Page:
Here’s an email we just got from a parent who attended an open house — or tried to — for Beacon High School on Thursday:
Last night I waited along with many hundreds of families to attend the Open House for Beacon High School. We were told by the school to arrive sometime between 4:30 and 6:30 pm. We arrived at 5:15 to find a line extending around the corner and then three blocks along Amsterdam (some people had clearly been waiting since 3). We patiently waited for over an hour and half until we were finally ushered in along with about 200 hundred people into a small auditorium. We listened to one teacher and two students talk about the school for 10 minutes until the principal arrived – to tell us that we would not be going on a tour, not seeing the classes, not learning about activities. She said the teachers were tired and they were overwhelmed by the crowds. She said we could all come back on October 17, the open house for the other boroughs, but had nothing to say to parents who couldn’t attend that night nor did she reveal her basis for thinking the 17th won’t be just as bad. She offered to answer questions but in response to a question about the school’s drama program all she had to say was, “Well, it’s so big.” At that point, we left. I’d guess that at least 400 people were left in line and turned away at 6:45.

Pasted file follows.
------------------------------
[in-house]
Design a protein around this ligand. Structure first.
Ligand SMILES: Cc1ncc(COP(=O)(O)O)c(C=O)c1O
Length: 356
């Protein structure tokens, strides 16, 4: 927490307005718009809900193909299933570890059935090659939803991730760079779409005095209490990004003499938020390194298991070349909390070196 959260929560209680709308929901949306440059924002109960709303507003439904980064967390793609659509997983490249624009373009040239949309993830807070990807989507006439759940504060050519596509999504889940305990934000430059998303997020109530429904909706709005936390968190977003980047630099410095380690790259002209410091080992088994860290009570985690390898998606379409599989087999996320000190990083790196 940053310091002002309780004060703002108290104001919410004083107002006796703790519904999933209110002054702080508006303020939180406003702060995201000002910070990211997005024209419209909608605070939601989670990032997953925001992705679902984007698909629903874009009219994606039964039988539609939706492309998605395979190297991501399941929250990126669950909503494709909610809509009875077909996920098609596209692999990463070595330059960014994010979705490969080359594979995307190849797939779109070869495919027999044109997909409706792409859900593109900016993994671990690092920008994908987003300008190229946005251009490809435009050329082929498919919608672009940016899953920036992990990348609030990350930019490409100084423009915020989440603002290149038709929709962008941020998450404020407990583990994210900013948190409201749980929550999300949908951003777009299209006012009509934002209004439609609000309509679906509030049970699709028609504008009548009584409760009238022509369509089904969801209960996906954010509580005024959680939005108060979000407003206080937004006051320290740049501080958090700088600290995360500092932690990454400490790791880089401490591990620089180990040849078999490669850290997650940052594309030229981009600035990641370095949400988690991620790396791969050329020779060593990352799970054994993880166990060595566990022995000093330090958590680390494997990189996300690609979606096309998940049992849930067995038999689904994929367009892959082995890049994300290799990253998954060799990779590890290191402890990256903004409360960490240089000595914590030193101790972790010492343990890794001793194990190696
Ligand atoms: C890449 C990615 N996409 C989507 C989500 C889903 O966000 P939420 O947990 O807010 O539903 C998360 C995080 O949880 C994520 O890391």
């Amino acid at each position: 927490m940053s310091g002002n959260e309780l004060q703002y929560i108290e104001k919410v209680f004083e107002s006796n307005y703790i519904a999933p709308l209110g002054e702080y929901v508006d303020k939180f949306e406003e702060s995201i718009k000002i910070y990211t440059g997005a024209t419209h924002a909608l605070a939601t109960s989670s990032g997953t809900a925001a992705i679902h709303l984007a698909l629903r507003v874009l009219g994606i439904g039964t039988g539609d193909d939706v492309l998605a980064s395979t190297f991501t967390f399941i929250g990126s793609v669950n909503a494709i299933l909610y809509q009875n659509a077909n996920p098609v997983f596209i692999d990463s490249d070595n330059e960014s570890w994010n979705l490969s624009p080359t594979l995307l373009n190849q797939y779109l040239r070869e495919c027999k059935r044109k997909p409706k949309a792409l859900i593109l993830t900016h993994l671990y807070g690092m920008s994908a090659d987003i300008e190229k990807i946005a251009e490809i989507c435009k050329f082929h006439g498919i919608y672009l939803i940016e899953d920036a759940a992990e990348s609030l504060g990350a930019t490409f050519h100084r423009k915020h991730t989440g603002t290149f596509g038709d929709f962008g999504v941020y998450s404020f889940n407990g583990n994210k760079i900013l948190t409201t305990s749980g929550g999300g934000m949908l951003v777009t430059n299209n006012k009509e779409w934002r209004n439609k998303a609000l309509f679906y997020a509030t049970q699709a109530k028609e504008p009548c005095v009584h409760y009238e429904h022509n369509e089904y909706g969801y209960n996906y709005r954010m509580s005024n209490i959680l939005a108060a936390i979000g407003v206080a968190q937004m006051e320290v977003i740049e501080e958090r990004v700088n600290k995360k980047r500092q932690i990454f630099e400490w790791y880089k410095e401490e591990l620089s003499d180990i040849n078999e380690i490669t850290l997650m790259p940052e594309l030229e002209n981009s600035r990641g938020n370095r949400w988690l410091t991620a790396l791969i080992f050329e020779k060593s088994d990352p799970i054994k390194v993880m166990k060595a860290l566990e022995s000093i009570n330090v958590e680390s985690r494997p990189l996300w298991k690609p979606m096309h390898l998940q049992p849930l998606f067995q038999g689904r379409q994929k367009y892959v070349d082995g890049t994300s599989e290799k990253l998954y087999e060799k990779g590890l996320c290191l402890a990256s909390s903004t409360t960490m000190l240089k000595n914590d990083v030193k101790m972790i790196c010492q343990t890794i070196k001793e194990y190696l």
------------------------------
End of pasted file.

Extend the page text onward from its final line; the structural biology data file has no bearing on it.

I know that this has been a problem with the elite schools for several years, but I guess I naively assumed they’re worked out some sort of solution.
Multiple families at last week’s citywide high school fair also told GothamSchools that they were disappointed that Beacon was poorly represented at the fair, where schools promote themselves to eager eighth-graders.
The Upper West Side school, which is slated to move into a brand-new building in 2015, is one of the most selective in the city. Last year, nearly 5,500 students applied for 300 ninth-grade spots at Beacon, according to the city’s high school directory.